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Bank of America sees profits fall by double digits

BofA has been hit by high legal costs since the financial crisis, which have undermined the cost-cutting initiatives introduced by Chief Executive Brian Moynihan.

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This Tuesday, Jan. 14, 2014 file photo shows a Bank of America sign in Philadelphia.

Matt Rourke/AP/File

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Bank of America Corp, the second-largest US bank by assets, reported a 14 percent fall in quarterly profit as a decline in sales and trading revenue more than offset a big drop in operating expenses.

Revenue from bond trading, which is part of the bank's sales and trading business, plunged 30 percent to $1.46 billion.

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BofA, like much of Wall Street, was hit by a sharp spike in market volatility in December that discouraged many investors from taking positions.

JPMorgan Chase & Co reported a decline of 14 percent in quarterly bond trading revenue on Wednesday.

BofA's total revenue fell 13 percent to $18.73 billion, excluding accounting adjustments, hit by a 25 percent fall in its sales and trading business and a 31 percent decline in revenue from its consumer real estate business.

BofA's shares were down 3 percent in premarket trading on Thursday.

Net income attributable to common shareholders fell to $2.74 billion, or 25 cents per share, as the bank took a $1.2 billion charge related to a change in the treatment of its bonds and derivatives portfolios and to the tightening of its credit spreads.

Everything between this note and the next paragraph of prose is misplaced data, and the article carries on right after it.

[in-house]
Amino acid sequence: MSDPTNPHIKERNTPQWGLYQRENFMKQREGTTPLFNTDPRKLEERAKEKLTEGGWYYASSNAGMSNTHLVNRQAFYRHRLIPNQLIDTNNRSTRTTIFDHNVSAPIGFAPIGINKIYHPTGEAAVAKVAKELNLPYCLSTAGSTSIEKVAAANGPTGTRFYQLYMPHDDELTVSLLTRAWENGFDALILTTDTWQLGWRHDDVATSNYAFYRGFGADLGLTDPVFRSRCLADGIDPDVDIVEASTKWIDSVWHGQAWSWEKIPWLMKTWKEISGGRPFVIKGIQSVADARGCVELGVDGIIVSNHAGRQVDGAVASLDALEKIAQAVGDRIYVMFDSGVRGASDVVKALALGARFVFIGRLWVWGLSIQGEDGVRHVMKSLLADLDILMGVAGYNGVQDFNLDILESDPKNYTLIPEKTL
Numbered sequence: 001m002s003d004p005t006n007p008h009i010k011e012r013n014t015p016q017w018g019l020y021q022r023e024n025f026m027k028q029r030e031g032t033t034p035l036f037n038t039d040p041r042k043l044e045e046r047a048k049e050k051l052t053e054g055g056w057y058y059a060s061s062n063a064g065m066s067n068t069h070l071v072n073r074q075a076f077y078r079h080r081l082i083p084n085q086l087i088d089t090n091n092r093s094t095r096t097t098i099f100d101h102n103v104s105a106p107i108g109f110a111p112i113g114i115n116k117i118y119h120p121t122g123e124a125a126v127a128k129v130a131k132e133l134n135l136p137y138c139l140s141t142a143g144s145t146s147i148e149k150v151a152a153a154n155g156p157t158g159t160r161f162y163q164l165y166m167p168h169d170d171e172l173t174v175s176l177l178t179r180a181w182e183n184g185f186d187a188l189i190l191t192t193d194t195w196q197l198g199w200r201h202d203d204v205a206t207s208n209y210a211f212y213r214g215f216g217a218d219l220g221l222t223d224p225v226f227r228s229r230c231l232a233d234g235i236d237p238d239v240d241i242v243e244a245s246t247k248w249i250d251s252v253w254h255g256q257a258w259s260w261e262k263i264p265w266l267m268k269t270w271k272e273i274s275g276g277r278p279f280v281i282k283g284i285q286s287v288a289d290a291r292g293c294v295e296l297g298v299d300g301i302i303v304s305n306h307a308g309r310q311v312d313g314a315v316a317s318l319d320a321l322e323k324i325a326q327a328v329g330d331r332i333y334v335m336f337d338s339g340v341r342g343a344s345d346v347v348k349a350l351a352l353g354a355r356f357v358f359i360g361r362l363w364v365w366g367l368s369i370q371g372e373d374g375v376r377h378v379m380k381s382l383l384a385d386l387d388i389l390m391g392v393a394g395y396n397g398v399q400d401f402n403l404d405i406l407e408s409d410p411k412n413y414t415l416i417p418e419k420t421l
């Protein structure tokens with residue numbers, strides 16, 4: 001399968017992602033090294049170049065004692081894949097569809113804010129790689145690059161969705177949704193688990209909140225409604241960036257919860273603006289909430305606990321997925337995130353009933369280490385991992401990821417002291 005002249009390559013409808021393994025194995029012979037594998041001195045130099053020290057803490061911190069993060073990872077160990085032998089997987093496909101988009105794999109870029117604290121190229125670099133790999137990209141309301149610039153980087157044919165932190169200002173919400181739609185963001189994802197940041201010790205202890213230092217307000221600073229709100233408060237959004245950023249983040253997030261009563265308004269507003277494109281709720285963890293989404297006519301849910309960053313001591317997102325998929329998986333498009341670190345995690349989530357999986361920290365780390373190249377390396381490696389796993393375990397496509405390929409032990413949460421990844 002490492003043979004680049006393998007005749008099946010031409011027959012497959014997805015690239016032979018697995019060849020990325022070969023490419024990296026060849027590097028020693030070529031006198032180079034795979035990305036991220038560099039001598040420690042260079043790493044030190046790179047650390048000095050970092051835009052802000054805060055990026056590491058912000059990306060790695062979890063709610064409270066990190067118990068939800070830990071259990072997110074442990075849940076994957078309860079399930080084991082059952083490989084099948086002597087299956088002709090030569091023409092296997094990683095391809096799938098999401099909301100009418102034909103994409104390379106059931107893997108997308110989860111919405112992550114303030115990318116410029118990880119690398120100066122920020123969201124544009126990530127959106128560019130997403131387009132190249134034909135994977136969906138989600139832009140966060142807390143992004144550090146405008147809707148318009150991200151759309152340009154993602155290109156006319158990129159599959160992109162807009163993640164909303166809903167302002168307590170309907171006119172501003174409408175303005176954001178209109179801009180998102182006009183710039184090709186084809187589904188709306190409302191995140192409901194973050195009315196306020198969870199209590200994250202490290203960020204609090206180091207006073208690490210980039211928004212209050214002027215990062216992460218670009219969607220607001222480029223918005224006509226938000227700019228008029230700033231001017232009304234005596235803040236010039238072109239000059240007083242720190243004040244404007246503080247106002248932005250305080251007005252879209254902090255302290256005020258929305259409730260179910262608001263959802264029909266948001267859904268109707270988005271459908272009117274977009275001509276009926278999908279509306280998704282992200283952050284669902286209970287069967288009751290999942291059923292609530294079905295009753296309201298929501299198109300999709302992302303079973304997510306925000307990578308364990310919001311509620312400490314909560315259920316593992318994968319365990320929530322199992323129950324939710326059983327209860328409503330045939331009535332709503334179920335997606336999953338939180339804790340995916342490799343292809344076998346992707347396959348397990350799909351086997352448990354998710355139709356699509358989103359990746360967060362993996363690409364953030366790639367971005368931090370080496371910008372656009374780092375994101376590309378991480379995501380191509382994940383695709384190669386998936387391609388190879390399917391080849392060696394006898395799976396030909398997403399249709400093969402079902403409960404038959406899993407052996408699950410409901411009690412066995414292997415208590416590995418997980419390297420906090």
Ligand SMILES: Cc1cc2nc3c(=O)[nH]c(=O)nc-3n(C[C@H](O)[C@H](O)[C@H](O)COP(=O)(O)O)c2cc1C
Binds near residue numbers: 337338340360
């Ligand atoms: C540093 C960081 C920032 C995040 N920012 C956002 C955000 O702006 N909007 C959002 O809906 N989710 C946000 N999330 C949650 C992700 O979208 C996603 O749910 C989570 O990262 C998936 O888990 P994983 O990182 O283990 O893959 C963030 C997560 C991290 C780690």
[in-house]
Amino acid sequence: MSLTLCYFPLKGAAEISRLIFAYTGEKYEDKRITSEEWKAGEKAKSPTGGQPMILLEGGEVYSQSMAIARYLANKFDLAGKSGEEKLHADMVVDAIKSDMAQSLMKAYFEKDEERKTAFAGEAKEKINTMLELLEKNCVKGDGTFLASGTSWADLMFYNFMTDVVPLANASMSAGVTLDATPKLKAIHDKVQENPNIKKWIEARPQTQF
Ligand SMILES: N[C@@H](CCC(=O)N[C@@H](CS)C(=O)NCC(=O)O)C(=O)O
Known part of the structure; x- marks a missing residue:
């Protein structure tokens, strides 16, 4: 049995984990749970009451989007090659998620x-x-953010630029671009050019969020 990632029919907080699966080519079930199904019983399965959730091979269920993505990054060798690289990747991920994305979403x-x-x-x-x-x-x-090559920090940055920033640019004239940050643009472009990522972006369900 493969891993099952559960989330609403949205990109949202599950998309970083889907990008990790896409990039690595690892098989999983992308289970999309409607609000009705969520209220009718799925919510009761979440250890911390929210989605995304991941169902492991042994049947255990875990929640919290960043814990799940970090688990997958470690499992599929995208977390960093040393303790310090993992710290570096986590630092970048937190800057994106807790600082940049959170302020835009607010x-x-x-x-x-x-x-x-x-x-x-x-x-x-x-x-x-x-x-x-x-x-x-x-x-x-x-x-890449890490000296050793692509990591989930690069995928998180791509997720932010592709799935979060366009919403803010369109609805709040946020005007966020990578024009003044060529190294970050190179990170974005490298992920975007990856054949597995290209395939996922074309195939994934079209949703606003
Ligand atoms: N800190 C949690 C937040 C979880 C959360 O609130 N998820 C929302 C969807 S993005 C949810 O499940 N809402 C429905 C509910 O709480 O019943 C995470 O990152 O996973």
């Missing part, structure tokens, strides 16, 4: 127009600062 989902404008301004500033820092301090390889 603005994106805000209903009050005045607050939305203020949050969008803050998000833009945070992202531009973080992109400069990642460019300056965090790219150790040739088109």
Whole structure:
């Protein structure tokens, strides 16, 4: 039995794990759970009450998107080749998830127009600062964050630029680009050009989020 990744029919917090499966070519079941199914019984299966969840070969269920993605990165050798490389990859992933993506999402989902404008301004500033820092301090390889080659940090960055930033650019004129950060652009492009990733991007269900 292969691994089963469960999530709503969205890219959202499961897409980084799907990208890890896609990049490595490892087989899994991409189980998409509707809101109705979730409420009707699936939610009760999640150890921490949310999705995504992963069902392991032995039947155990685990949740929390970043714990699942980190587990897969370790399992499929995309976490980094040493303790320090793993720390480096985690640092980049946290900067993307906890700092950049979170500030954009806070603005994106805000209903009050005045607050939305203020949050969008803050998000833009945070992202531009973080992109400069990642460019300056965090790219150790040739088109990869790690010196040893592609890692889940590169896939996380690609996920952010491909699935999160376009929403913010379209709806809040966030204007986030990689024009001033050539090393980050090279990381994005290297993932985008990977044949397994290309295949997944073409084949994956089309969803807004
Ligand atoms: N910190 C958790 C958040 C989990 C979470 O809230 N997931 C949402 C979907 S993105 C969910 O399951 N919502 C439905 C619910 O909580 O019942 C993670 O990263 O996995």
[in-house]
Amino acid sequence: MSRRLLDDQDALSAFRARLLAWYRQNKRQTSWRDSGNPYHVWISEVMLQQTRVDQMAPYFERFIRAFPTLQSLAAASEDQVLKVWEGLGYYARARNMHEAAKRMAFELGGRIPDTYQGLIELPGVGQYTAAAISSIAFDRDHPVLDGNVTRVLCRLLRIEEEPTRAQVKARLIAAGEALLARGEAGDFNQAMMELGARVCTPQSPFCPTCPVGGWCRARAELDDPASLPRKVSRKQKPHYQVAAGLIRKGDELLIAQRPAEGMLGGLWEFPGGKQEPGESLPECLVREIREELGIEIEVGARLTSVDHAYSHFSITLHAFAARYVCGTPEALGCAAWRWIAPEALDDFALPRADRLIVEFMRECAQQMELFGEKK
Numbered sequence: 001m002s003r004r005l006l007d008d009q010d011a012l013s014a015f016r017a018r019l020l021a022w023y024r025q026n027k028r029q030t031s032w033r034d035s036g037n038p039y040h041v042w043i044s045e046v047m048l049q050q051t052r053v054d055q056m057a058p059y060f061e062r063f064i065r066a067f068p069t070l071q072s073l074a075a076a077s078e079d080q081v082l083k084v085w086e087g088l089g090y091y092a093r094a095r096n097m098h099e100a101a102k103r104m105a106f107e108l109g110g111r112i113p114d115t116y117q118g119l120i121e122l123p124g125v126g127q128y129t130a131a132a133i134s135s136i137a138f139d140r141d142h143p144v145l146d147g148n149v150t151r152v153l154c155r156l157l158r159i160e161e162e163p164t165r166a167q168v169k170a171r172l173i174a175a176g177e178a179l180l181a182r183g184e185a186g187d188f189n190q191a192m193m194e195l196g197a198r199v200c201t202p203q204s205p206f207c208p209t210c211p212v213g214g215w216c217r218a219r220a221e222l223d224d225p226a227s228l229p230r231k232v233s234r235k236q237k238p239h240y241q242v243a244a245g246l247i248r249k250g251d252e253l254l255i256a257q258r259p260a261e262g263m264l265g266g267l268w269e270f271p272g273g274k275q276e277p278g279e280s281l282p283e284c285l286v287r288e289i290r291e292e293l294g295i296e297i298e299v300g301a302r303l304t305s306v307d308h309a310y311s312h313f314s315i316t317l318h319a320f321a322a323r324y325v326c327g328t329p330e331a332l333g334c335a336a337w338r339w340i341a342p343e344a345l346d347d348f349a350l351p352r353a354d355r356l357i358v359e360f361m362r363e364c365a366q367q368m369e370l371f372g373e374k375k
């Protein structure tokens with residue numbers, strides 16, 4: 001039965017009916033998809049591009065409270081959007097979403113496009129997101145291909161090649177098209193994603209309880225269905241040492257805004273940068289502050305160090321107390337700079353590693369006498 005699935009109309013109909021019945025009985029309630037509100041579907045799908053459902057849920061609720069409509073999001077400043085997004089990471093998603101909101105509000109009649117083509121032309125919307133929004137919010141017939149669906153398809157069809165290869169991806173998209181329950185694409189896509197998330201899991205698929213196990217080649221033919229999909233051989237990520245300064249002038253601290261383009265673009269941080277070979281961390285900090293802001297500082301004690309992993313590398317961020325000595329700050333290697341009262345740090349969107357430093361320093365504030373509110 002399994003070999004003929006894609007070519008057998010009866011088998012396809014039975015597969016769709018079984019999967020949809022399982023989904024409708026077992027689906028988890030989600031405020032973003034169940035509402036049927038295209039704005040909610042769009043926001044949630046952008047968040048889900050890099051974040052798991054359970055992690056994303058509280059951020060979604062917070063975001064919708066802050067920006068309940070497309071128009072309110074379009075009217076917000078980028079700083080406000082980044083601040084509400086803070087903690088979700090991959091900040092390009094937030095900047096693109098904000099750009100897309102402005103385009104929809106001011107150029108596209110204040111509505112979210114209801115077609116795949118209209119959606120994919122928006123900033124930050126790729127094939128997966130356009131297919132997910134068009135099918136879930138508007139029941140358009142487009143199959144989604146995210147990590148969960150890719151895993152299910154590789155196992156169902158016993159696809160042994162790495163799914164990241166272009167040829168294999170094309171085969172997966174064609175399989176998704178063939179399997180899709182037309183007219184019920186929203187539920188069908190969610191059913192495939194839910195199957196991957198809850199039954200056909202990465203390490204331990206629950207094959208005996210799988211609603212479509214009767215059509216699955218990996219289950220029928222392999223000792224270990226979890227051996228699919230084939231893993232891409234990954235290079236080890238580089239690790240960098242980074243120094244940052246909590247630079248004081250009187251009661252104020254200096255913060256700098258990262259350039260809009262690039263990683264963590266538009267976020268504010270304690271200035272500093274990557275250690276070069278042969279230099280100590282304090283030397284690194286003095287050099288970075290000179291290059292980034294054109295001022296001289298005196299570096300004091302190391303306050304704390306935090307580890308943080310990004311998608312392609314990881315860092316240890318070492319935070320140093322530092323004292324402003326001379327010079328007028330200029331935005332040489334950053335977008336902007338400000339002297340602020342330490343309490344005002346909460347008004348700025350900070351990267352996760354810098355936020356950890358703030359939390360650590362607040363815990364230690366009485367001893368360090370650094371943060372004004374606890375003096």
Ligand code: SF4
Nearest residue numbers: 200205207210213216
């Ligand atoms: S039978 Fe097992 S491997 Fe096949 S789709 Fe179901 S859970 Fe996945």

BofA had adjusted earnings of 32 cents per share, narrowly beating analysts' estimates of 31 cent, according to Thomson Reuters I/B/E/S.

Overall fixed-income trading has been declining since 2009 as new rules discourage banks from taking risks. Several big banks have scaled back trading operations or quit the business.

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BofA has been hit by high legal costs since the financial crisis, which have undermined the cost-cutting initiatives introduced by Chief Executive Brian Moynihan.

Operating expenses declined 18 percent to $14.2 billion.

BofA's legal expenses fell to $393 million, suggesting the worst may be behind the bank in terms of costs to resolve regulatory probes linked to home loans, mortgage bonds and other issues.

The bank's legal costs totaled $2.3 billion in the fourth quarter of 2013 and $5.6 billion in the third quarter of 2014. BofA has agreed to pay at least $70 billion in fines and settlements since 2010.

The bank agreed to pay a record $16.65 billion in August to resolve U.S. Department of Justice charges that it and companies it bought misled investors into buying troubled mortgage-backed securities.

Citigroup Inc reported a slim fourth-quarter profit after taking charges of $3.5 billion to settle legal claims and overhaul its operations.